With the recent commercial success of such cartoon to real-life crossovers as “Alvin and the Chipmunks,” it’s understandable why properties such as “The Smurfs” would get the same treatment. However, due to the original content, “Alvin and the Chipmunks” or even “Garfield” work well in the real-life settings. “The Smurfs” not only fail to gel in the crossover, but the final product falls flatter on its face than trailers might indicate.
It begins with Papa and the rest of the Smurfs preparing for the Blue Moon Festival and everything is going great. That’s until the evil wizard Gargamel and his cat Azrael crash the party trying to capture the little blue beings. As in the cartoon, Gargamel is trying to extract Smurf essence from our friends, which give him the power to create unstoppable spells. While escaping, Papa and some other Smurfs have to go rescue Clumsy Smurf who clumsily went down the path of certain doom, instead of the path of super safety. At the end of the wrong path, the tiny protagonists get sucked into a portal that puts them smack dab in the middle of New York’s, Central Park. In pursuit, Gargamel and Azrael arrive in the park a few seconds later and the chase continues.
There’s no real good place to start with this hollow children’s film. Beyond the fact that the overly cartoonish (even for a cartoon-based movie) Gargamel doesn’t translate well on screen, there’s a laundry list of odd plot holes that are evident. The best example, aside from Papa Smurf needing to look at the stars to help figure out how they’ll get back home (a hard thing to do in NYC) comes in the form of Smurfette. Smurfette explains why she is the only female Smurf; telling how Gargamel created her to woo the other Smurfs so he could steal their essence. Based on what we see in the film, we know Gargamel can create magic from Smurfette’s essence. So if he created her, why doesn’t he just keep creating Smurfs and using them? Instead he pains himself with hunting them down and failing on an extraordinary level.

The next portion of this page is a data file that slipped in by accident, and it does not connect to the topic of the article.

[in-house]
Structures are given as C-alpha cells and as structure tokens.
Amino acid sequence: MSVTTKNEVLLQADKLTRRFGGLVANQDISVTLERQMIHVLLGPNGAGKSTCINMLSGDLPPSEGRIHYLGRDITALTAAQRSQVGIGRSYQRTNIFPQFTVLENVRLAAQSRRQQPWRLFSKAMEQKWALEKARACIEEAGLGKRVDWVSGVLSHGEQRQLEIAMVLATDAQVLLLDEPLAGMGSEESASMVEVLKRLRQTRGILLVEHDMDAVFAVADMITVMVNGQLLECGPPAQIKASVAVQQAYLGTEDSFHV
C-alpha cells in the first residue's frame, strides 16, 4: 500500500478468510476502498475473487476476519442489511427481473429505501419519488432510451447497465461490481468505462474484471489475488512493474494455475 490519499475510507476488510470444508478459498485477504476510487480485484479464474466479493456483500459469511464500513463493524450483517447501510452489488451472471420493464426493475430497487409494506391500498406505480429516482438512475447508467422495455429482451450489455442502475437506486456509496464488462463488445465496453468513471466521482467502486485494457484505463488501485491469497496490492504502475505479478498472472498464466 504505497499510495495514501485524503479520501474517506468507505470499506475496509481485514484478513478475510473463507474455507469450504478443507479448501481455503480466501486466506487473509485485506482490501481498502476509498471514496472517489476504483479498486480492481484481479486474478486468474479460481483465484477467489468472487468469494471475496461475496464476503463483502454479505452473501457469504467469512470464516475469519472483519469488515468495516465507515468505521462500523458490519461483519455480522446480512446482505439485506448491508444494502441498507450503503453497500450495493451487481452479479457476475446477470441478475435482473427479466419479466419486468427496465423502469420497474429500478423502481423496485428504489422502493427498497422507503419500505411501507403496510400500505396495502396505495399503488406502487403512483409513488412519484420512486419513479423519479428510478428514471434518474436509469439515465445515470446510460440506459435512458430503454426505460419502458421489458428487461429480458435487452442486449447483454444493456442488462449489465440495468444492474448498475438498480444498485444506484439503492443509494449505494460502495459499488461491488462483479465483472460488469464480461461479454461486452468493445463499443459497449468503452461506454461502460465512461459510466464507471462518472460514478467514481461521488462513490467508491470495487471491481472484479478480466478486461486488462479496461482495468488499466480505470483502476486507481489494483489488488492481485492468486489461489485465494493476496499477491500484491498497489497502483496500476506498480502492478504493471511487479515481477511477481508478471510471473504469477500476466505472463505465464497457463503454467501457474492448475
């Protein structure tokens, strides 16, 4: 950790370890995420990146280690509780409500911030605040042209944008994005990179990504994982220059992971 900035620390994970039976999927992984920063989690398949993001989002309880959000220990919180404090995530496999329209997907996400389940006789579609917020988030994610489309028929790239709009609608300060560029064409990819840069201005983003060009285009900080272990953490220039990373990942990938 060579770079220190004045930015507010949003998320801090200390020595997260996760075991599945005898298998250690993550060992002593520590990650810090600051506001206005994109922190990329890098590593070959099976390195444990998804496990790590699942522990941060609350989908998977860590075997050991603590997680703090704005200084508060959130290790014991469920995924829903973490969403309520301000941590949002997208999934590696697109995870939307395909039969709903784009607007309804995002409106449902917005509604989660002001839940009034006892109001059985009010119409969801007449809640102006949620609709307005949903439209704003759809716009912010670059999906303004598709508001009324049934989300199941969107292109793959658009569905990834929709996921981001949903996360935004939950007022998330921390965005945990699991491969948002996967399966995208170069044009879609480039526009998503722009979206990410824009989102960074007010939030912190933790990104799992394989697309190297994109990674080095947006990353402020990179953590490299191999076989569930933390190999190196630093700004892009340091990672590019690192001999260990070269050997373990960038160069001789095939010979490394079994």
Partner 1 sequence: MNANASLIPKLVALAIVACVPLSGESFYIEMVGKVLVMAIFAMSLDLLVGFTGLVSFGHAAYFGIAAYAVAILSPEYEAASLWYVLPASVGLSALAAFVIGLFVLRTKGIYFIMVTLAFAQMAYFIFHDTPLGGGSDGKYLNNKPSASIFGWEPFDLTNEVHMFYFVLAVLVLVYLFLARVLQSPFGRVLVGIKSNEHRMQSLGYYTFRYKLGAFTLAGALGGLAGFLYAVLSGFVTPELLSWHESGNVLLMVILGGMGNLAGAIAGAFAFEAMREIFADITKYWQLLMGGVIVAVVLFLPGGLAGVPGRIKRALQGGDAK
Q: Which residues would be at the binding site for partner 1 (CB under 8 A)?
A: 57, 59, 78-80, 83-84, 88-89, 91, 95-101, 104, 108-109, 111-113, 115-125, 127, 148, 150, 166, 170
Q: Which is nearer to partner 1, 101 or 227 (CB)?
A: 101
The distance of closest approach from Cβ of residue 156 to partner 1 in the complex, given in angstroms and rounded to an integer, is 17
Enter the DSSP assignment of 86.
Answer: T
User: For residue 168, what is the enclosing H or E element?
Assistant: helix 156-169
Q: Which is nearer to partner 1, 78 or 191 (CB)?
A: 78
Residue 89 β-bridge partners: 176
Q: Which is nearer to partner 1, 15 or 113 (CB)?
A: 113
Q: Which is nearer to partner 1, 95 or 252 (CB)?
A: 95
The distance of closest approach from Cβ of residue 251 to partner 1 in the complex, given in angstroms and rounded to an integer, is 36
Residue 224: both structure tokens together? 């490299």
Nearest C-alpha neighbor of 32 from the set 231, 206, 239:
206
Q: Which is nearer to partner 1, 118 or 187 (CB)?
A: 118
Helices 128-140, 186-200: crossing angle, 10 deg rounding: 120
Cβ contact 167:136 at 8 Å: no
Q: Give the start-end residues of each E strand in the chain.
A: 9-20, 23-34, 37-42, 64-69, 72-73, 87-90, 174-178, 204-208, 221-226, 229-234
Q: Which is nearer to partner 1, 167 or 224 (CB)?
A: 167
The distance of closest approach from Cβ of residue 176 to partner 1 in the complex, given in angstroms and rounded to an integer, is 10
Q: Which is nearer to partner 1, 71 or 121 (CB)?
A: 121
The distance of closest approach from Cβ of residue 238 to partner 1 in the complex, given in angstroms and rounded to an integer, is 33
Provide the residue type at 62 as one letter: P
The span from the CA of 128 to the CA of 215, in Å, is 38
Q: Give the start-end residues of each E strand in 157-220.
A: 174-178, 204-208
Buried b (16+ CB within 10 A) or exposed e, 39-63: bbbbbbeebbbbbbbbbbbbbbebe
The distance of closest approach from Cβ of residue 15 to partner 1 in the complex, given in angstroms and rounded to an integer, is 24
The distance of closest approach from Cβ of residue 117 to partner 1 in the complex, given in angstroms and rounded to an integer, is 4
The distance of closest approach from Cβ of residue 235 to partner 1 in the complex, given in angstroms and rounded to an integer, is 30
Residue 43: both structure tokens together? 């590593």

I know what you are saying, “But Matthew, it is just a kids movie.” It is, but the jokes were poor even on a slapstick level. The biggest laughs came from Gargamel abusing his cat and urinating into an ice bucket. Is it a kid’s film? Yes. But it’s also a bad film.The chances I was going to like ”The Smurfs” were very slim, but I held hope that maybe somehow they would pull out some Smurf magic and amaze me. Instead, the film is just a poor rip off of Don Bluth’s, “A Troll in Central Park,” and isn’t worth the price of admission.
Rating: 1 out of 5 ‘Staches